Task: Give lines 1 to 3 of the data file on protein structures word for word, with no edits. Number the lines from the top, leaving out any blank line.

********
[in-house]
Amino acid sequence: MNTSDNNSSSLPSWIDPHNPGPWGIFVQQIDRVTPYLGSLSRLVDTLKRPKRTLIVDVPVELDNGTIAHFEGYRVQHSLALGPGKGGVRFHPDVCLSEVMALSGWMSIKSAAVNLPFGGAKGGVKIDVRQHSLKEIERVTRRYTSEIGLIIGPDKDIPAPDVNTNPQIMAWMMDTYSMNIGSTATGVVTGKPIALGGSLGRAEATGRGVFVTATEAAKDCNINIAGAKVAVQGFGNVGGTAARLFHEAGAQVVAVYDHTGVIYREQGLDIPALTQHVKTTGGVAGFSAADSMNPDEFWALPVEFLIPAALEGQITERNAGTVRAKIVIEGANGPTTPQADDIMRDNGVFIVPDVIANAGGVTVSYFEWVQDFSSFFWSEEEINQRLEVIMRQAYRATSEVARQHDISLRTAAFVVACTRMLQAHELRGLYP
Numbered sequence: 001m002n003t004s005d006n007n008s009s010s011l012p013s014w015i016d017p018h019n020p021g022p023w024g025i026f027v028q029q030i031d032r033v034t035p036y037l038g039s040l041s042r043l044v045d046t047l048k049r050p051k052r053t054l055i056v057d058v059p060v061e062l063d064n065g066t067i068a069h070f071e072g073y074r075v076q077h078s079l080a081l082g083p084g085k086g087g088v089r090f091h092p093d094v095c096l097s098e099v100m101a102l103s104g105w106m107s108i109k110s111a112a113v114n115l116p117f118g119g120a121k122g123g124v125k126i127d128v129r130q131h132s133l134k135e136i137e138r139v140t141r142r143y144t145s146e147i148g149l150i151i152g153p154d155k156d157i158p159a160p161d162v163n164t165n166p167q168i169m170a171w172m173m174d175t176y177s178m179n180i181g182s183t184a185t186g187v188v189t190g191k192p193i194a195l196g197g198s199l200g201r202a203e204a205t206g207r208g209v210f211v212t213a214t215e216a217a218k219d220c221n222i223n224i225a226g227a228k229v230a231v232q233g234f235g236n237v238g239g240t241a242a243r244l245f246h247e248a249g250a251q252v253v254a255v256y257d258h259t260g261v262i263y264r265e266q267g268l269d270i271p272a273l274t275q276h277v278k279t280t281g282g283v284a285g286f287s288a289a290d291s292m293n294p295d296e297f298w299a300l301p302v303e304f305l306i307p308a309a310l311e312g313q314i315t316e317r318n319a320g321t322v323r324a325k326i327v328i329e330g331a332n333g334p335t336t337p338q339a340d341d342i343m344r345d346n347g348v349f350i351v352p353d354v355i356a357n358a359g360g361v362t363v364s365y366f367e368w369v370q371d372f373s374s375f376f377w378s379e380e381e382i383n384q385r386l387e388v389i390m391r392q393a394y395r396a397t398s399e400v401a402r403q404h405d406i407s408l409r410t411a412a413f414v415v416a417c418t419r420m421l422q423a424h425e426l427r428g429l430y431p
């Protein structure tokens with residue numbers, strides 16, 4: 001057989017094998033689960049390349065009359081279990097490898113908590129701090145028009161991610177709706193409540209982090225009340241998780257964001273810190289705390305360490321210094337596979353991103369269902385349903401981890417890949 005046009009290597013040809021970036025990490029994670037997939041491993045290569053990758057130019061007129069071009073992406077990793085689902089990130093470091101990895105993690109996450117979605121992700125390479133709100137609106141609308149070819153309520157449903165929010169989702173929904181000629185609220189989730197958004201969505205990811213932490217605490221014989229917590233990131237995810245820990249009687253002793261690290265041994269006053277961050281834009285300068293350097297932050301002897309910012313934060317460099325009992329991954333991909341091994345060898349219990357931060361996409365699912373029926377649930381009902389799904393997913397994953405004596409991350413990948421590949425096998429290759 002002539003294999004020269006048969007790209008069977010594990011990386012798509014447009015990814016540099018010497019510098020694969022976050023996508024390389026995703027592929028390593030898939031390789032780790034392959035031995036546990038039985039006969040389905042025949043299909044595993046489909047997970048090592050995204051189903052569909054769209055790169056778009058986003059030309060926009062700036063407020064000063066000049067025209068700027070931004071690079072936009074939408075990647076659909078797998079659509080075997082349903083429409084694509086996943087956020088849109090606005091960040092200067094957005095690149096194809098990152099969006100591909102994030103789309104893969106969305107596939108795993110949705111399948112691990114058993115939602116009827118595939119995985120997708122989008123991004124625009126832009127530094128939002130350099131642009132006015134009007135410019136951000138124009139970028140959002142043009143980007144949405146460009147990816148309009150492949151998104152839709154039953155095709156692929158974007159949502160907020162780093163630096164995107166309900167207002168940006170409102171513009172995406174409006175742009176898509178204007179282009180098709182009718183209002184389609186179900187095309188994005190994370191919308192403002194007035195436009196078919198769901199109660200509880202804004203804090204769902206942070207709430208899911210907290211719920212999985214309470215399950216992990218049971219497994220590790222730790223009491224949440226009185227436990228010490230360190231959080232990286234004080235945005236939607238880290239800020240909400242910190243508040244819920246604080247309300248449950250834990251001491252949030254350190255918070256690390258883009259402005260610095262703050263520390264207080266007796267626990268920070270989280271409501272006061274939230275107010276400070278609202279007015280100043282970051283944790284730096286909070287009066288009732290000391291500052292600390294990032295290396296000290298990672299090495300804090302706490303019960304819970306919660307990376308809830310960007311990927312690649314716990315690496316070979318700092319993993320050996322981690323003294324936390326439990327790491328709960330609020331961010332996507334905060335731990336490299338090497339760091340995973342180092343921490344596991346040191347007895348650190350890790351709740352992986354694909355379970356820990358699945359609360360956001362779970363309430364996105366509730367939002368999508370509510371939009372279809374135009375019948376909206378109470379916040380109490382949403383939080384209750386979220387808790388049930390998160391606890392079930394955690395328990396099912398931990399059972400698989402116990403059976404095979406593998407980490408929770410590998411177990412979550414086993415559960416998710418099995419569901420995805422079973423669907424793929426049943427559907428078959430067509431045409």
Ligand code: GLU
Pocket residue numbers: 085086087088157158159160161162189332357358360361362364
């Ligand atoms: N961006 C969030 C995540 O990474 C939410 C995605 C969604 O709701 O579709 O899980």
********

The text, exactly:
[in-house]
Amino acid sequence: MNTSDNNSSSLPSWIDPHNPGPWGIFVQQIDRVTPYLGSLSRLVDTLKRPKRTLIVDVPVELDNGTIAHFEGYRVQHSLALGPGKGGVRFHPDVCLSEVMALSGWMSIKSAAVNLPFGGAKGGVKIDVRQHSLKEIERVTRRYTSEIGLIIGPDKDIPAPDVNTNPQIMAWMMDTYSMNIGSTATGVVTGKPIALGGSLGRAEATGRGVFVTATEAAKDCNINIAGAKVAVQGFGNVGGTAARLFHEAGAQVVAVYDHTGVIYREQGLDIPALTQHVKTTGGVAGFSAADSMNPDEFWALPVEFLIPAALEGQITERNAGTVRAKIVIEGANGPTTPQADDIMRDNGVFIVPDVIANAGGVTVSYFEWVQDFSSFFWSEEEINQRLEVIMRQAYRATSEVARQHDISLRTAAFVVACTRMLQAHELRGLYP
Numbered sequence: 001m002n003t004s005d006n007n008s009s010s011l012p013s014w015i016d017p018h019n020p021g022p023w024g025i026f027v028q029q030i031d032r033v034t035p036y037l038g039s040l041s042r043l044v045d046t047l048k049r050p051k052r053t054l055i056v057d058v059p060v061e062l063d064n065g066t067i068a069h070f071e072g073y074r075v076q077h078s079l080a081l082g083p084g085k086g087g088v089r090f091h092p093d094v095c096l097s098e099v100m101a102l103s104g105w106m107s108i109k110s111a112a113v114n115l116p117f118g119g120a121k122g123g124v125k126i127d128v129r130q131h132s133l134k135e136i137e138r139v140t141r142r143y144t145s146e147i148g149l150i151i152g153p154d155k156d157i158p159a160p161d162v163n164t165n166p167q168i169m170a171w172m173m174d175t176y177s178m179n180i181g182s183t184a185t186g187v188v189t190g191k192p193i194a195l196g197g198s199l200g201r202a203e204a205t206g207r208g209v210f211v212t213a214t215e216a217a218k219d220c221n222i223n224i225a226g227a228k229v230a231v232q233g234f235g236n237v238g239g240t241a242a243r244l245f246h247e248a249g250a251q252v253v254a255v256y257d258h259t260g261v262i263y264r265e266q267g268l269d270i271p272a273l274t275q276h277v278k279t280t281g282g283v284a285g286f287s288a289a290d291s292m293n294p295d296e297f298w299a300l301p302v303e304f305l306i307p308a309a310l311e312g313q314i315t316e317r318n319a320g321t322v323r324a325k326i327v328i329e330g331a332n333g334p335t336t337p338q339a340d341d342i343m344r345d346n347g348v349f350i351v352p353d354v355i356a357n358a359g360g361v362t363v364s365y366f367e368w369v370q371d372f373s374s375f376f377w378s379e380e381e382i383n384q385r386l387e388v389i390m391r392q393a394y395r396a397t398s399e400v401a402r403q404h405d406i407s408l409r410t411a412a413f414v415v416a417c418t419r420m421l422q423a424h425e426l427r428g429l430y431p